Erdoğan revisits anti-Western rhetoric on eve of elections

Erdoğan revisits anti-Western rhetoric on eve of elections

With less than a month to go to the presidential polls, one has every right to evaluate the statements, policies and positions of any contender – on either internal or external issues – through the prism of the upcoming elections. Prime Minister Recep Tayyip Erdoğan’s address to his parliamentary group yesterday overwhelmingly focused on Israel’s military operations toward Gaza, and cannot be exempted from this.

Erdoğan had three main messages: First, he reiterated his strong criticism of the Israeli state’s oppression of Palestinians, but this time he cited 1948, the establishment of the Israeli state, as the beginning of this cruelty. Second, he repeated what he said over the weekend that Turkish-Israeli relations will not be normalized as long as Israel continues to kill innocent Palestinian children. Third, he accused, once again, the Western world, international community and some Muslim countries of remaining silent to what he calls “the state terror committed by Israel.”

As for the first and second messages, there is not much to add. But Erdoğan’s criticisms toward the international community do not have much ground. Here is an excerpt from a news story by an online news portal,

“Protests and demonstrations in support of Gaza took place in at least 38 countries, among them: South Africa, Turkey, Indonesia, Afghanistan, Argentina, Egypt, Yemen, Nicaragua, Honduras, Brazil, Venezuela, Chile, Colombia, Ecuador, South Korea, Sweden, Syria, Pakistan, India, Ireland, Spain, Serbia, Mexico, Italy, Finland, the Netherlands, Japan — and Israel, where there were anti-war and anti-occupation protests in Tel Aviv on July 3, as well as over the weekend.”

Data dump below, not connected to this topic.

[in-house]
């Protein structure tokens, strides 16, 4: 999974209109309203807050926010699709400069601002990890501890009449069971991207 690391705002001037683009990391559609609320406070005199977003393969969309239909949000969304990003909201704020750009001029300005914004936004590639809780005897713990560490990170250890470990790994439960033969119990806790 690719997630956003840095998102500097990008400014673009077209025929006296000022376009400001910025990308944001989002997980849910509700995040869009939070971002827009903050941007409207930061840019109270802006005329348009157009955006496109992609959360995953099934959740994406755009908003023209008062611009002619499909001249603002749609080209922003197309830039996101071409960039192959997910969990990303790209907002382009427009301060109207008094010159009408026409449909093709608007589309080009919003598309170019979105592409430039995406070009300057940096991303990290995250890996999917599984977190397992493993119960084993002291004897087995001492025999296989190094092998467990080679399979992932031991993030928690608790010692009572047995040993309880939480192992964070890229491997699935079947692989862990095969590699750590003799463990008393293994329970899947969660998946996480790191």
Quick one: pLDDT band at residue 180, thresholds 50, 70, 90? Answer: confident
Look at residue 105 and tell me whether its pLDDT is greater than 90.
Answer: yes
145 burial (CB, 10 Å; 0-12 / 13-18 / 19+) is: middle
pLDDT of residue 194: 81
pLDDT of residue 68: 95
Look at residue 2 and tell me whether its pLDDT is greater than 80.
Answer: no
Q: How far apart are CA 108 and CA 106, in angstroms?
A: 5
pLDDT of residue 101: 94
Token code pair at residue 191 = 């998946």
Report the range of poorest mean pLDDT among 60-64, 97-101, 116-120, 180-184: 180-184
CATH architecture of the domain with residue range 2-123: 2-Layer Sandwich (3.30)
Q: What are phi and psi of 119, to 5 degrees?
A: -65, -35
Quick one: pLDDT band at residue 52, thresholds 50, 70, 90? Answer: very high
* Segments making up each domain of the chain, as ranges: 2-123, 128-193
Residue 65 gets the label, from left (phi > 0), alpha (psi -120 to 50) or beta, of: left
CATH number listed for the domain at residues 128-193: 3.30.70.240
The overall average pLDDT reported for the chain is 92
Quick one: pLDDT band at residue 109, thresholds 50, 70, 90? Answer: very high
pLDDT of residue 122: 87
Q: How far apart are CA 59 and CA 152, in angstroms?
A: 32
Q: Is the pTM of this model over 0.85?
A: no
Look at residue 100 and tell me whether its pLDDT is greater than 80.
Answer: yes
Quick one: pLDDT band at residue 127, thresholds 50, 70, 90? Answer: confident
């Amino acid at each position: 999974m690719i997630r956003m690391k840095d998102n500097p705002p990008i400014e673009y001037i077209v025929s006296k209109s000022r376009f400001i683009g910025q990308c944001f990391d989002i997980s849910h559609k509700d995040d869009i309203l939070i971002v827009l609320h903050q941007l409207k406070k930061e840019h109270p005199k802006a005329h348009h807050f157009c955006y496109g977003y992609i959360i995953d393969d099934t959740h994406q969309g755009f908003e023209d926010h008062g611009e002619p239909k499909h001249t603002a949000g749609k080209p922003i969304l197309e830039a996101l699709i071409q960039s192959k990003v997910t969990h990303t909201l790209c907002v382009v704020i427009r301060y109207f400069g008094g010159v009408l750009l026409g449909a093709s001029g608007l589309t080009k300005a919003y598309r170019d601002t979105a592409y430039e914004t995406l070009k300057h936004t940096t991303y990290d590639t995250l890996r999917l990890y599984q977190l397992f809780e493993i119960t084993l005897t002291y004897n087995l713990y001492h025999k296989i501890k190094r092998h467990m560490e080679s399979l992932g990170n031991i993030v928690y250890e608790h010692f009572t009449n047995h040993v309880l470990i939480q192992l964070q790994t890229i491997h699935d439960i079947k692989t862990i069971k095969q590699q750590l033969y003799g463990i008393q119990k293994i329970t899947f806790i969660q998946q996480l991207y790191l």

And furthermore, here are cities where tens of thousands of people gathered over the weekend in coordinated protests against Israel: Paris, Metz, Lille (France); Athens (Greece); Stockholm (Sweden); Detroit, Houston, Seattle, Chicago, San Francisco, Los Angeles, Washington D.C., Columbus (USA); Glasgow (Scotland); Beirut (Lebanon); Edinburgh (Scotland); Milan, Rome (Italy); Oslo (Norway); Buenos Aires (Argentina); Bogota (Colombia); Frankfurt (Germany); Sydney (Australia); Ottawa, Vancouver, Toronto, Montreal (Canada); Copenhagen (Denmark); Dublin (Ireland); Vienna (Austria)….

The international community is loudly expressing its opposition against Israeli attacks and may be even louder than the Turkish public opinion. And as from the perspective of the international politics, I do not see much difference between Turkey and other countries in being inefficient in stopping violence in the region. At least, countries like Egypt, the United States, Germany and other prominent countries are intensifying their efforts for a cease-fire, to the contrary of Erdoğan, who apparently has started to use the regional tension for his pre-election campaign, as he did in the past as well.

Otherwise he would not slam Ekmeleddin İhsanoğlu, the opposition’s joint presidential candidate and former secretary-general of the Organization of Islamic Cooperation (OIC) between 2005 and 2014.  The fact that he is the sole Turkish citizen who was honored with the Order of Merit by Palestine is enough evidence to disprove Erdoğan’s criticisms against him.   

With losing all its leverage and influence in regional and international politics, the only thing Erdoğan has left in his hand is his anti-Western, anti-Israeli language that we will hear more of as election day looms.